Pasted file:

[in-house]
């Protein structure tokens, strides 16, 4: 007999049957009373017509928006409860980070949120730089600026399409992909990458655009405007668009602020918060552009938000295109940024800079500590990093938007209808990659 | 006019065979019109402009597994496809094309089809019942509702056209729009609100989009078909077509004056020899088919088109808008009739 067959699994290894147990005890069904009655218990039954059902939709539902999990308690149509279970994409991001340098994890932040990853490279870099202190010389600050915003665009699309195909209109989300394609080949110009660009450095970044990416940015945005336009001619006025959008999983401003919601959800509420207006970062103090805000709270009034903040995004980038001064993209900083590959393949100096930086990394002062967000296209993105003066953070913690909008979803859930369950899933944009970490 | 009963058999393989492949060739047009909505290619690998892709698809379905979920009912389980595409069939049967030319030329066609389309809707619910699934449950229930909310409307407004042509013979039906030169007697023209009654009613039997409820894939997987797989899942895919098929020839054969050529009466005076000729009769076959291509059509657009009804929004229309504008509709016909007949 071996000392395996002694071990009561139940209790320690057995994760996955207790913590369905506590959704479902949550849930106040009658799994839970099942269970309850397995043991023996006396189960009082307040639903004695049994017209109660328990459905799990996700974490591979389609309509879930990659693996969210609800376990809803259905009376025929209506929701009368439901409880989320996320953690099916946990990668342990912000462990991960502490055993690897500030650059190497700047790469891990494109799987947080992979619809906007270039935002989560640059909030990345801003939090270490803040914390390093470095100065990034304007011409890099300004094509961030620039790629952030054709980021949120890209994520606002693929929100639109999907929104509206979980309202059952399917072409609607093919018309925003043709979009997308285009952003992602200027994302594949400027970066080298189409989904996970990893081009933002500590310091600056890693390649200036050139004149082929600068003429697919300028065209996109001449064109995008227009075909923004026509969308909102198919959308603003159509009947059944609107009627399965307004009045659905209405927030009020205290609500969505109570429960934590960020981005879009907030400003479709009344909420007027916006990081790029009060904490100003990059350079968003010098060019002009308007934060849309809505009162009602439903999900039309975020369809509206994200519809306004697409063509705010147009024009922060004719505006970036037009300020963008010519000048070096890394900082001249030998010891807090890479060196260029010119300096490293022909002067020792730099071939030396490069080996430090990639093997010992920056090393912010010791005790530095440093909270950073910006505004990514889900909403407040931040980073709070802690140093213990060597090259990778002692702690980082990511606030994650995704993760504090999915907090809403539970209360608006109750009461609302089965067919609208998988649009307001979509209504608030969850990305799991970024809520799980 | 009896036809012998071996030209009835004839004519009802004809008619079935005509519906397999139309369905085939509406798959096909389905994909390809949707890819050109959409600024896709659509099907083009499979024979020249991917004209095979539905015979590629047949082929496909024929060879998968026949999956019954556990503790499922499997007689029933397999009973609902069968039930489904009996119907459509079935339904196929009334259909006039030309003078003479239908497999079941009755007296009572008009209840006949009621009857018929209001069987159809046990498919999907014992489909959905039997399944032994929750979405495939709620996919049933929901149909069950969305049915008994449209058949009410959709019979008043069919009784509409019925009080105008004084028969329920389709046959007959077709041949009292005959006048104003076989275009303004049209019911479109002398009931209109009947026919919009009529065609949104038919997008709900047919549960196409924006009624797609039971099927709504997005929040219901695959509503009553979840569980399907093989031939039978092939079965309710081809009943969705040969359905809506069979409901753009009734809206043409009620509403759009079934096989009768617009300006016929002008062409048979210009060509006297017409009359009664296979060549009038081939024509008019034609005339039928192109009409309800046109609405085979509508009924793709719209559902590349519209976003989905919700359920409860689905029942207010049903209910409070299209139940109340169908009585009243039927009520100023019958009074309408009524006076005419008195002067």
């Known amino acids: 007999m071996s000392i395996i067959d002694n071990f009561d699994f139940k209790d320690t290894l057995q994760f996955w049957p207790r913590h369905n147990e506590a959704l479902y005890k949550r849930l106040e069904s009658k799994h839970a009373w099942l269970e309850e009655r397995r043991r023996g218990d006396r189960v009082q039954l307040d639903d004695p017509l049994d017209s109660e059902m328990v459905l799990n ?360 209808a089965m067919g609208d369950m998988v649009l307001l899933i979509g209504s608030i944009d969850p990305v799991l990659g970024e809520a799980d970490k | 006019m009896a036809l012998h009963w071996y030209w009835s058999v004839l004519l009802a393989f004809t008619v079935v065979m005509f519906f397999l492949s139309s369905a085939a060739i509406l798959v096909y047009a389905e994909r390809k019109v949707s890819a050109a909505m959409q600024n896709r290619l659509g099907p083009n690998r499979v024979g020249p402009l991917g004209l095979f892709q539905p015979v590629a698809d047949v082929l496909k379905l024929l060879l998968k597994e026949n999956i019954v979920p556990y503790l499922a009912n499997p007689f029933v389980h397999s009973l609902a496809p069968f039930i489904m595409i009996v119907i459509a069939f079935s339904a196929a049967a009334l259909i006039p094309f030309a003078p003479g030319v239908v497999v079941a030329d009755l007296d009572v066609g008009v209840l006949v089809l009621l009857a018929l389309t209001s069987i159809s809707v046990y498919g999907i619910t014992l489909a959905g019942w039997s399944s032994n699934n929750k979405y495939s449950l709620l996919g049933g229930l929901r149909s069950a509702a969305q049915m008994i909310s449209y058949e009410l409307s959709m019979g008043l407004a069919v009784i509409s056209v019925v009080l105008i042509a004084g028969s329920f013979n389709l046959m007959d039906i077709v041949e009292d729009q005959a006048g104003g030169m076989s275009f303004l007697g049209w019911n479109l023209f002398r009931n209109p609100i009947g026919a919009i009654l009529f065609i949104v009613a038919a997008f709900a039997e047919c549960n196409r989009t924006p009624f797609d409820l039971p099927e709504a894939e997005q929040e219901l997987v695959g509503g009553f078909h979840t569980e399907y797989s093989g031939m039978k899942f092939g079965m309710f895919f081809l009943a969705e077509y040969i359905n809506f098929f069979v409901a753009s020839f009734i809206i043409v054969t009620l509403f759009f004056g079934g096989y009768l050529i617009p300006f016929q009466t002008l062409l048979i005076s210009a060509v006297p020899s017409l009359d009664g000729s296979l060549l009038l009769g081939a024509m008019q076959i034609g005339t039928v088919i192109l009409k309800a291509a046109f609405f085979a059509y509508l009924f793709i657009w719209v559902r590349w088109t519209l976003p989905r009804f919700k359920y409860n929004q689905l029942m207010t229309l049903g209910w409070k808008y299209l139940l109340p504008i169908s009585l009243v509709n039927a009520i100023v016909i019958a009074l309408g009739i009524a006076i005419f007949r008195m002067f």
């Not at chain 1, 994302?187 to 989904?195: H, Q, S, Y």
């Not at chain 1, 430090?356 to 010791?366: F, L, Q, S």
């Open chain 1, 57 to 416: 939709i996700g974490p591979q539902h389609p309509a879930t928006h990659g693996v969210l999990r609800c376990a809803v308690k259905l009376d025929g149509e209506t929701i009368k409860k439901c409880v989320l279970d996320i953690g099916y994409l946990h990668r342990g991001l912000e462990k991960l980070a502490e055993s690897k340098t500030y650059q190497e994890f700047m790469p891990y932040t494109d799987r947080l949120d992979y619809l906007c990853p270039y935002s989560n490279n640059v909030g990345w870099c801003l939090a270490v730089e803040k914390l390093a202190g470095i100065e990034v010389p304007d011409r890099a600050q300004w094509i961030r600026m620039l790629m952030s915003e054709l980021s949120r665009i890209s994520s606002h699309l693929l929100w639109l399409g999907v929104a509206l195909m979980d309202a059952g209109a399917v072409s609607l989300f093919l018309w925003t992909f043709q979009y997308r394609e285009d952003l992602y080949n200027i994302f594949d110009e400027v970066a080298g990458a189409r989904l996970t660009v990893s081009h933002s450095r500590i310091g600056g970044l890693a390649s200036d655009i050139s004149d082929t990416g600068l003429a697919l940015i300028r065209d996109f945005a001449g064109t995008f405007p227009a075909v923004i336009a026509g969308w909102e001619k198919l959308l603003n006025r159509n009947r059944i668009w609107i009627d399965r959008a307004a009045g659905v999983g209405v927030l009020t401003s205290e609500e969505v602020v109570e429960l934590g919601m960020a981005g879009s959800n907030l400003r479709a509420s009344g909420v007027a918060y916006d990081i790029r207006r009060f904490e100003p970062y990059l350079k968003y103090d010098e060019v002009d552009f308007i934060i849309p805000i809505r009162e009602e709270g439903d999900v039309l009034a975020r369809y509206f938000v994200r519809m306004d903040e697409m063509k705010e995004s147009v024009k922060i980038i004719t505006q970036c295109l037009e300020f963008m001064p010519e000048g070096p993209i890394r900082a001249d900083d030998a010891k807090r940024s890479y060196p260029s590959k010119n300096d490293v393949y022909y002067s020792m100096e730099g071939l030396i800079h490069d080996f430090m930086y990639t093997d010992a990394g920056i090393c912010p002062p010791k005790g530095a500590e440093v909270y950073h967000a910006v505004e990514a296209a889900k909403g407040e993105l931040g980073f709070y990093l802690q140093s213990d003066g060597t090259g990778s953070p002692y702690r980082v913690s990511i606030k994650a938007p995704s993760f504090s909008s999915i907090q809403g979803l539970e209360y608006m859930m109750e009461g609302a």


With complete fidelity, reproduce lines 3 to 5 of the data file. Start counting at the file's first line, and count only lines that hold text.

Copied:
């Known amino acids: 007999m071996s000392i395996i067959d002694n071990f009561d699994f139940k209790d320690t290894l057995q994760f996955w049957p207790r913590h369905n147990e506590a959704l479902y005890k949550r849930l106040e069904s009658k799994h839970a009373w099942l269970e309850e009655r397995r043991r023996g218990d006396r189960v009082q039954l307040d639903d004695p017509l049994d017209s109660e059902m328990v459905l799990n ?360 209808a089965m067919g609208d369950m998988v649009l307001l899933i979509g209504s608030i944009d969850p990305v799991l990659g970024e809520a799980d970490k | 006019m009896a036809l012998h009963w071996y030209w009835s058999v004839l004519l009802a393989f004809t008619v079935v065979m005509f519906f397999l492949s139309s369905a085939a060739i509406l798959v096909y047009a389905e994909r390809k019109v949707s890819a050109a909505m959409q600024n896709r290619l659509g099907p083009n690998r499979v024979g020249p402009l991917g004209l095979f892709q539905p015979v590629a698809d047949v082929l496909k379905l024929l060879l998968k597994e026949n999956i019954v979920p556990y503790l499922a009912n499997p007689f029933v389980h397999s009973l609902a496809p069968f039930i489904m595409i009996v119907i459509a069939f079935s339904a196929a049967a009334l259909i006039p094309f030309a003078p003479g030319v239908v497999v079941a030329d009755l007296d009572v066609g008009v209840l006949v089809l009621l009857a018929l389309t209001s069987i159809s809707v046990y498919g999907i619910t014992l489909a959905g019942w039997s399944s032994n699934n929750k979405y495939s449950l709620l996919g049933g229930l929901r149909s069950a509702a969305q049915m008994i909310s449209y058949e009410l409307s959709m019979g008043l407004a069919v009784i509409s056209v019925v009080l105008i042509a004084g028969s329920f013979n389709l046959m007959d039906i077709v041949e009292d729009q005959a006048g104003g030169m076989s275009f303004l007697g049209w019911n479109l023209f002398r009931n209109p609100i009947g026919a919009i009654l009529f065609i949104v009613a038919a997008f709900a039997e047919c549960n196409r989009t924006p009624f797609d409820l039971p099927e709504a894939e997005q929040e219901l997987v695959g509503g009553f078909h979840t569980e399907y797989s093989g031939m039978k899942f092939g079965m309710f895919f081809l009943a969705e077509y040969i359905n809506f098929f069979v409901a753009s020839f009734i809206i043409v054969t009620l509403f759009f004056g079934g096989y009768l050529i617009p300006f016929q009466t002008l062409l048979i005076s210009a060509v006297p020899s017409l009359d009664g000729s296979l060549l009038l009769g081939a024509m008019q076959i034609g005339t039928v088919i192109l009409k309800a291509a046109f609405f085979a059509y509508l009924f793709i657009w719209v559902r590349w088109t519209l976003p989905r009804f919700k359920y409860n929004q689905l029942m207010t229309l049903g209910w409070k808008y299209l139940l109340p504008i169908s009585l009243v509709n039927a009520i100023v016909i019958a009074l309408g009739i009524a006076i005419f007949r008195m002067f």
């Not at chain 1, 994302?187 to 989904?195: H, Q, S, Y």
């Not at chain 1, 430090?356 to 010791?366: F, L, Q, S």